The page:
Common sense, good judgment and sound economics should be the basis for deciding when and where, wind and solar should be used.

Even on islands where solar and wind may make some sense, they can only augment, not replace, fossil fuels.

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12 thoughts on “Can Wind and Solar be Useful?

  1. It is ironic that you mention Hawaii as a location that could benefit from wind-generated power. Hawaii has six abandoned wind farms. The most familiar of which is the Kamaoa Wind Farm at Ka Lae (South Point), which finally had its last abandoned windmill removed after years of litigation by the state to force its former owner to remove it. The state had to finally foot the bill to have it hauled away. Why the wreckage? The (government-funded) subsidies ran out.

  2. Donn,
    Interesting article as always.
    I would like to add to your criteria that all forms of energy should be selected on a free market basis, no subsidies, no tax breaks, no free land, same environmental restriction for killing birds, same reliability, and no mandates for a certain % of renewable sources.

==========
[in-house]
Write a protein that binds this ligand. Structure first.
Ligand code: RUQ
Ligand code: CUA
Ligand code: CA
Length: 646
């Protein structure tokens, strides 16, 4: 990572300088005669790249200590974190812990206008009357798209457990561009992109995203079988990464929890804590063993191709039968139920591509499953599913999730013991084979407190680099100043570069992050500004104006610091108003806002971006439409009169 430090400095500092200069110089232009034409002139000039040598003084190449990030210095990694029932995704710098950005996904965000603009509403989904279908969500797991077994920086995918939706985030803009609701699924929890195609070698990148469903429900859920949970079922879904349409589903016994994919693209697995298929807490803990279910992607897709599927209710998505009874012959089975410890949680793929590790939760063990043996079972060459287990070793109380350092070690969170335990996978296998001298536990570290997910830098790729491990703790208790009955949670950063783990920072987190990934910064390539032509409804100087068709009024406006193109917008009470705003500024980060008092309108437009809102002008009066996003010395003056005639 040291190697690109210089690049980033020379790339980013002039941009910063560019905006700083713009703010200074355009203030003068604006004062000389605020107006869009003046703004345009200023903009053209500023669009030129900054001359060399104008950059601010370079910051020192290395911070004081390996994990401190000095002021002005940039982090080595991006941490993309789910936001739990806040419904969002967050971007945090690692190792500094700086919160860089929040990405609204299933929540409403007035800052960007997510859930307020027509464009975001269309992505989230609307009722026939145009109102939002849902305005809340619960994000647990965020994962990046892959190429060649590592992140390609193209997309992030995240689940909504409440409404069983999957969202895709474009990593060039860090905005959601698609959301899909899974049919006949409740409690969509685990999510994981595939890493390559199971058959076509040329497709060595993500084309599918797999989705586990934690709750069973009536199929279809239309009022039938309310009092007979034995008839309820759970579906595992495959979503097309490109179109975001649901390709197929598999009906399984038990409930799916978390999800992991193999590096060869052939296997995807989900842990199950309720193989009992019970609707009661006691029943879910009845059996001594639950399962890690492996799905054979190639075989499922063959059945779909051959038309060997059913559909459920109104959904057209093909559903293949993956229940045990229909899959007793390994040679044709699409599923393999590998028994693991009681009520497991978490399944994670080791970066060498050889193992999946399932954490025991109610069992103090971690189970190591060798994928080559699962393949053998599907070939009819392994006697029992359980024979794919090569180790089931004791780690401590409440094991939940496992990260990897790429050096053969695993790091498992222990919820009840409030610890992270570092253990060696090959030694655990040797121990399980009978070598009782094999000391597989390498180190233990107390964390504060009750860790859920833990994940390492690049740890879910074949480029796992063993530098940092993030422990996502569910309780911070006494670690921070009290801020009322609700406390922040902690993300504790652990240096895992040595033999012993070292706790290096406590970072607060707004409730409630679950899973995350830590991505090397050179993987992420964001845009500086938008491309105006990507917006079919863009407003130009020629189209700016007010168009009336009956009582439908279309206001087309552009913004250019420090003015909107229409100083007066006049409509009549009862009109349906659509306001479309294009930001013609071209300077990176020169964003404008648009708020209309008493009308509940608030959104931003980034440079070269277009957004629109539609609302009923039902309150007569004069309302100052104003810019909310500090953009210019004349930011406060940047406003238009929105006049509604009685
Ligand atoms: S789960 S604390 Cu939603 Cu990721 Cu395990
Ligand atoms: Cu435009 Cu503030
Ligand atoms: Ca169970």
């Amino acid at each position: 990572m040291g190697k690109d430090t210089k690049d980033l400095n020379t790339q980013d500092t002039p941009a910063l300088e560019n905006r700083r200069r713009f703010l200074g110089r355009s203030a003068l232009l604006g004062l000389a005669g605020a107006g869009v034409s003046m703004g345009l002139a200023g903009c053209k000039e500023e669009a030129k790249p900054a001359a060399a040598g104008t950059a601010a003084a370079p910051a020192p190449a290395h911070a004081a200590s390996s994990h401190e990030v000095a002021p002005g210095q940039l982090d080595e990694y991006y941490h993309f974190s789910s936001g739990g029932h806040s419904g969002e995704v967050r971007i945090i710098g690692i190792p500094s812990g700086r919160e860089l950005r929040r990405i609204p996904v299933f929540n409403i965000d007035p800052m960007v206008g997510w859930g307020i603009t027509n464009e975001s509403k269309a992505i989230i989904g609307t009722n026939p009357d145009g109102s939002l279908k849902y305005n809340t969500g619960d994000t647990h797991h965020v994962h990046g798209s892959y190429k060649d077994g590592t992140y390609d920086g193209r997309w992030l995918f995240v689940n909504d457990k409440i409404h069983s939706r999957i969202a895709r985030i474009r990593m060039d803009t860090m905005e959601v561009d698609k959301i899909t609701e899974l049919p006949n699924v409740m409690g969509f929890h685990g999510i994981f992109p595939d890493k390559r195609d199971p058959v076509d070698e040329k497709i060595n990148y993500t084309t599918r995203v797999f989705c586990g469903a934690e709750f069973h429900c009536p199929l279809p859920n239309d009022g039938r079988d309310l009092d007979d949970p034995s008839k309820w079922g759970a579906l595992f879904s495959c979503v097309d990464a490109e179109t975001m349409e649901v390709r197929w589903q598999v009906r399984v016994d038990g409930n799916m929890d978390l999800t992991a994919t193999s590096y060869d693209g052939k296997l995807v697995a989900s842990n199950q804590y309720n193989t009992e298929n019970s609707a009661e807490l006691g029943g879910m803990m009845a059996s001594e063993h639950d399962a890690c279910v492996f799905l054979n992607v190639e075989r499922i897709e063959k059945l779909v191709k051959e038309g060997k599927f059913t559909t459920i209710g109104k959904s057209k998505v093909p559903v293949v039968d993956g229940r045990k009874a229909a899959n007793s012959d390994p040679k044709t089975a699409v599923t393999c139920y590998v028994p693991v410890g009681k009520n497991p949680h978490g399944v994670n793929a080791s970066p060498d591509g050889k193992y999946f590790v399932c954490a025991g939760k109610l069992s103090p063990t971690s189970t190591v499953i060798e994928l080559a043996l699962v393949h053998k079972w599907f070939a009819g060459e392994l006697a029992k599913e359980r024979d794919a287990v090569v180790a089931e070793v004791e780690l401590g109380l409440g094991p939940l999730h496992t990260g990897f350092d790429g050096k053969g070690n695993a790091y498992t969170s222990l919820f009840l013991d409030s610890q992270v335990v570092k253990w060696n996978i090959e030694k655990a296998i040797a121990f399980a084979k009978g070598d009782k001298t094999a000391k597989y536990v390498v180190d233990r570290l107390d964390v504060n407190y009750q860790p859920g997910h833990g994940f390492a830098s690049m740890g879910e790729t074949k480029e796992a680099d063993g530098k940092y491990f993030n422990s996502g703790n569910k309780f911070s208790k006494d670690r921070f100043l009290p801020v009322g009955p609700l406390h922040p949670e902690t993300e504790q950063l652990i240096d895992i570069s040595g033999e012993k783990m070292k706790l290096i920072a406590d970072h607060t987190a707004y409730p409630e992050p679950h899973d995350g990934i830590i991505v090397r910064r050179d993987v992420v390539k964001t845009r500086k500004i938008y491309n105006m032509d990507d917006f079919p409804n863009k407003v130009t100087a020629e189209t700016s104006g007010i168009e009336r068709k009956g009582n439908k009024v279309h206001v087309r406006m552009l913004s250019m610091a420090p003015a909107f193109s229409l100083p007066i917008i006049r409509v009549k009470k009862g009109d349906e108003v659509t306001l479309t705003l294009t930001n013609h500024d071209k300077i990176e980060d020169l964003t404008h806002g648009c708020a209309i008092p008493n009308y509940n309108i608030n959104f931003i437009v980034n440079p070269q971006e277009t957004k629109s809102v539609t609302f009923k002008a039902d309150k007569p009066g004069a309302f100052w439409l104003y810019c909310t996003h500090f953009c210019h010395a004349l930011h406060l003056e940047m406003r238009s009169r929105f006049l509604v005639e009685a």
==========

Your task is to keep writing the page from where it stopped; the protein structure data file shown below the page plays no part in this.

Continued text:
We read about renewable numerous installations that are profitable, but fail to mention that mandates from various states require purchasing a certain % of such power often at very expensive price. For NJ go to http://www.njcleanenergy.com/srecpricing

    Soon NJ will require circa 20% renewable. Note that renewable sold for a high of $590 per MWH in January 2015 with an average of $183 per MWH in January 2015.
    Of course this will drive up the delivered price to the homeowner.
    I don’t see this price anywhere near competitive with reliable coal fired energy.
    Did the solar panels work well with snow on them?

    • All the tax breaks and rebates and subsidies should be eliminated. Especially the feed-in tariffs that require the utility that the homeowner is connected to accept his output at vastly inflated prices relative to the market price. The homeowner thus gets a huge windfall in terms of price and also not paying for the infrastructure associated with connection and distribution of his energy. If he wants to use it in his home locally that’s fine, just don’t connect to the grid and make the rest of us pay more.